Templeman v. Steptoe
Upon his death, George Steptoe left an estate of real and personal property to his infant son, Edward Steptoe. On May 24, 1794, the minor died unmarried and without a will. In hopes of obtaining the property themselves, George Steptoe's brother, James, and his four half-sisters sued George’s widow, Elizabeth Steptoe, in the High Court of Chancery. The siblings argued that Elizabeth was excluded from succeeding the estate and that they were entitled to it since Edward had no siblings.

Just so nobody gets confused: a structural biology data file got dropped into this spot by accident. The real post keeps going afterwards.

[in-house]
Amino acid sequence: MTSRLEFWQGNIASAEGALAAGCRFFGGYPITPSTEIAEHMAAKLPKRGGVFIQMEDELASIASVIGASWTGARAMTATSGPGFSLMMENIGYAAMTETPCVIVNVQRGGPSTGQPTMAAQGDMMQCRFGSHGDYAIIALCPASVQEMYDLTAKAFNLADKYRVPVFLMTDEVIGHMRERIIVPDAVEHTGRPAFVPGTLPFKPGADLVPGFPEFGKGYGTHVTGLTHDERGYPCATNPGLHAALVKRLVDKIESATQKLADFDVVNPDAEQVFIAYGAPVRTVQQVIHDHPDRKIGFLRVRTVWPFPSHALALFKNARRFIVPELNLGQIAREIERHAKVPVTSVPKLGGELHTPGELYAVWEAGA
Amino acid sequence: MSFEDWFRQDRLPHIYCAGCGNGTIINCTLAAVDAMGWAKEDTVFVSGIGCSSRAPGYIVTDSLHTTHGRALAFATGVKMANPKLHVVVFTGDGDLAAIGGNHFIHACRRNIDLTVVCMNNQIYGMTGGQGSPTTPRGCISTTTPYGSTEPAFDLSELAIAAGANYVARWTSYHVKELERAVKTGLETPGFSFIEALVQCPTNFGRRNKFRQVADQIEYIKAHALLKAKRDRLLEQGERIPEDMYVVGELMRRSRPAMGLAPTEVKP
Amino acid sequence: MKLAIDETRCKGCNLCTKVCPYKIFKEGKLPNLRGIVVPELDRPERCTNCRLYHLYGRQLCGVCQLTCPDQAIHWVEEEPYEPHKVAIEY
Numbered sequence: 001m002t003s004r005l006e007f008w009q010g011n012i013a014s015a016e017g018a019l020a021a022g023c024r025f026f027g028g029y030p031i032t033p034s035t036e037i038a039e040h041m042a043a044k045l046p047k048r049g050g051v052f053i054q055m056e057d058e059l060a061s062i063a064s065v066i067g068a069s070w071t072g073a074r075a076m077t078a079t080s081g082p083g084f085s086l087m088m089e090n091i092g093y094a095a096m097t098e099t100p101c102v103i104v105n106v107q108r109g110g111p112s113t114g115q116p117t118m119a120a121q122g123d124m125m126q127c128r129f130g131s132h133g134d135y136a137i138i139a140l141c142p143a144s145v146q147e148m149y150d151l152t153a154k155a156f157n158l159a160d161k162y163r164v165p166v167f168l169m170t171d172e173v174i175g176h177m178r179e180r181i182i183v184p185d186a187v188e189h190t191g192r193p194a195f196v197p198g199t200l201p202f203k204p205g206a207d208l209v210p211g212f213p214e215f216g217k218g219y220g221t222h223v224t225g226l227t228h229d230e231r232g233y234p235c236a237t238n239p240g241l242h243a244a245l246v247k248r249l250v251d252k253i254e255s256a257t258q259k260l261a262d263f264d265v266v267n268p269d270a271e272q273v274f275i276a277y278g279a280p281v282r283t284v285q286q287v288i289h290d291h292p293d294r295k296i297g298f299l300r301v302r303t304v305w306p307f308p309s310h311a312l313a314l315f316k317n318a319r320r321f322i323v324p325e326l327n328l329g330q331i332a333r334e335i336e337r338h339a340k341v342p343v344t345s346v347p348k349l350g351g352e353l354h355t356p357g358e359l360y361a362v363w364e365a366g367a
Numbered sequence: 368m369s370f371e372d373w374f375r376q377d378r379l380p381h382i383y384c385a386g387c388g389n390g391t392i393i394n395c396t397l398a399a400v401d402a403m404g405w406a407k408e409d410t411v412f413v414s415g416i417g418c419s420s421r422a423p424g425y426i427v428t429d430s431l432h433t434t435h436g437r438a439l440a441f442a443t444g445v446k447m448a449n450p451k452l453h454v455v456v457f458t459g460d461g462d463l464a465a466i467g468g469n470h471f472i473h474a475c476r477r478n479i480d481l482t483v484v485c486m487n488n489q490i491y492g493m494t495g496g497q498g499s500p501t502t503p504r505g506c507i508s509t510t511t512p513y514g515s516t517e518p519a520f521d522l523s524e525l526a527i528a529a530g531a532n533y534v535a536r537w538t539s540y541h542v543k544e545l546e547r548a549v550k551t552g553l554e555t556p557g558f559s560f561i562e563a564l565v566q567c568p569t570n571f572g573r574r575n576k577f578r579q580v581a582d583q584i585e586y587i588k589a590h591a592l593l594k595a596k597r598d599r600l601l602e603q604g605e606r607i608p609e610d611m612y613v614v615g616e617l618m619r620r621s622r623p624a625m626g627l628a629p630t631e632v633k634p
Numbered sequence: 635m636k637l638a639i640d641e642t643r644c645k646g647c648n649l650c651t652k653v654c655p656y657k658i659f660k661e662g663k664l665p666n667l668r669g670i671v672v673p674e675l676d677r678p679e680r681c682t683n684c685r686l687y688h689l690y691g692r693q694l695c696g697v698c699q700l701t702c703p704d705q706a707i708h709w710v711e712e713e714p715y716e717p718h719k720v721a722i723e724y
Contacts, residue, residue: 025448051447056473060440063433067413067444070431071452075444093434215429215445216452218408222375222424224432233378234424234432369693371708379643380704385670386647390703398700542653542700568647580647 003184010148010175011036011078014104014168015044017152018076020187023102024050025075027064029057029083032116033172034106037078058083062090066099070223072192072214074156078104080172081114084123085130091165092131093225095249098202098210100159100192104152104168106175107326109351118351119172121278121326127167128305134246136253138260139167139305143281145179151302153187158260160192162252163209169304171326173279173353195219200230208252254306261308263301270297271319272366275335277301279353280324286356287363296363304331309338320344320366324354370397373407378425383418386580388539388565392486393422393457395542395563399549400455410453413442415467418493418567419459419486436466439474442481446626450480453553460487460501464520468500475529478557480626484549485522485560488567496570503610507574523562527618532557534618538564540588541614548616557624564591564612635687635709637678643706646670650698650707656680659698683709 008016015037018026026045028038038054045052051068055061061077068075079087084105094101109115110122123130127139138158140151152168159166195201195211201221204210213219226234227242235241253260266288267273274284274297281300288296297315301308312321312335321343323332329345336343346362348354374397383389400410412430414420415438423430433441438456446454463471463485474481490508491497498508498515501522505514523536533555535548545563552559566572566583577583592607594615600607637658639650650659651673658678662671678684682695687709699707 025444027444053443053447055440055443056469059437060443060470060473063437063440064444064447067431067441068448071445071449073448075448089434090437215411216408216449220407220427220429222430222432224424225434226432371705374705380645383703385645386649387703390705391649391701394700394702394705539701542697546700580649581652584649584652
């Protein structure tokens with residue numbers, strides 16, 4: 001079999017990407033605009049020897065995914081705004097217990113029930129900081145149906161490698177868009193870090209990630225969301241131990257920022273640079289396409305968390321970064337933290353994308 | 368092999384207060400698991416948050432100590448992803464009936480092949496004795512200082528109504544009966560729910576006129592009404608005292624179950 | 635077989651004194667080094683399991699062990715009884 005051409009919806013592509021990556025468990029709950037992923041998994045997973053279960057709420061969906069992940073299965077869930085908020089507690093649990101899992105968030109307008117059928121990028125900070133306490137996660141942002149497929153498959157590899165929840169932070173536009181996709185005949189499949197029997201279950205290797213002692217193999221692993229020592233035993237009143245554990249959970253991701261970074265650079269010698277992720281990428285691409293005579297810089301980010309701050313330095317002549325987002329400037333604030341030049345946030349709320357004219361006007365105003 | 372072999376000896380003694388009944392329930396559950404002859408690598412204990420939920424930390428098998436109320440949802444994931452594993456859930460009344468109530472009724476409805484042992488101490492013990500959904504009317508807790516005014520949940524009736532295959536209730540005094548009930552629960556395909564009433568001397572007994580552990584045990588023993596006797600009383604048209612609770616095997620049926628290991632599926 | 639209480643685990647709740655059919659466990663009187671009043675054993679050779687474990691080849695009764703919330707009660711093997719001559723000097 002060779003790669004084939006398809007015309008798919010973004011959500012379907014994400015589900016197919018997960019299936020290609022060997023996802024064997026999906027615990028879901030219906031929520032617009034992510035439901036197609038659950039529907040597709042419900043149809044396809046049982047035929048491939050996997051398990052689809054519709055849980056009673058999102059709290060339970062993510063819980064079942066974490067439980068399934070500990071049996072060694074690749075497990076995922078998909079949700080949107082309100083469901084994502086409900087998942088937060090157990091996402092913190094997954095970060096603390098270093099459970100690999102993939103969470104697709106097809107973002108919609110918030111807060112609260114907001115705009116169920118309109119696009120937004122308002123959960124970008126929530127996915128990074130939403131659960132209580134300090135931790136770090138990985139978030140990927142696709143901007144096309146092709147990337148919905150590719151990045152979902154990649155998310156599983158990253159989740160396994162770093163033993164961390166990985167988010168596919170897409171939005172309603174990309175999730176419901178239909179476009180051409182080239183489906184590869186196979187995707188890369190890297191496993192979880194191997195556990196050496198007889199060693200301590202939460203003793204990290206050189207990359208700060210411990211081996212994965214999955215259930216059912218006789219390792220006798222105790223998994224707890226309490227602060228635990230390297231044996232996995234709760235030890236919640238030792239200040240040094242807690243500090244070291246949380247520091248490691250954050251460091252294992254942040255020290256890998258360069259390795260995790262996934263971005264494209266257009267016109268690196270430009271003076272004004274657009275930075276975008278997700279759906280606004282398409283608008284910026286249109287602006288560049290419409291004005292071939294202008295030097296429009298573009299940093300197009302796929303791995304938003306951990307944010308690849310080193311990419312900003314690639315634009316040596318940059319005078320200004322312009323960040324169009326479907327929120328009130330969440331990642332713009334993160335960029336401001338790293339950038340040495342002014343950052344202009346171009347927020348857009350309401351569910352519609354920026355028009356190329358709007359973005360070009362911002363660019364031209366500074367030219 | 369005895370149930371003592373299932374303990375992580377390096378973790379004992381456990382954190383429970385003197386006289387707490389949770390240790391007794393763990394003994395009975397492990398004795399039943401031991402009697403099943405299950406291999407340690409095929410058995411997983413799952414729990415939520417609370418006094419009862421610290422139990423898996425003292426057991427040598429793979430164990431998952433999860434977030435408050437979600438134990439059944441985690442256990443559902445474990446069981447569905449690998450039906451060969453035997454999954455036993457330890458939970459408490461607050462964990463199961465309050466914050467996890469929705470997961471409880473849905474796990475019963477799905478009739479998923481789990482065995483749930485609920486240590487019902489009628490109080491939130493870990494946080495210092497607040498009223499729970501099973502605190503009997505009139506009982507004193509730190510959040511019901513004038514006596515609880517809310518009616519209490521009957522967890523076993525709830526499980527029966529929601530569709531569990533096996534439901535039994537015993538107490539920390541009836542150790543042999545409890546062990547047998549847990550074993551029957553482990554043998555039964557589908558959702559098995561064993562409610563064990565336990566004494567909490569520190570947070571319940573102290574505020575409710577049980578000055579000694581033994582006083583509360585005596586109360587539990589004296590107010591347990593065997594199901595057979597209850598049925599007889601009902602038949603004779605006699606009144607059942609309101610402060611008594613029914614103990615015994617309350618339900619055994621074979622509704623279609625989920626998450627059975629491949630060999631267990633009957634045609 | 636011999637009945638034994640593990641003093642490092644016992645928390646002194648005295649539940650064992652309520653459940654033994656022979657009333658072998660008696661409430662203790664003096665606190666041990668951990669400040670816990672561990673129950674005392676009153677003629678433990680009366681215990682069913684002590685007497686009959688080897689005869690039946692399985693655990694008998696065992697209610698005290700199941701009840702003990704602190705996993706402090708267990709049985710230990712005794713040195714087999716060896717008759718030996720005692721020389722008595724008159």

The Court's Decision
On March 17, 1797, Chancellor Wythe decreed the plaintiffs had no rights to the slaves or the personal estate in question and dismissed that part of the complaint. Wythe then ordered the Commissioners to make an account of the property connected to the estate and partition the land among the siblings. The Court of Appeals affirmed Chancellor Wythe’s decree.
- William Munford, Reports of Cases Argued and Determined in the Supreme Court of Appeals of Virginia, (New York: I. Riley, 1812), 1:339.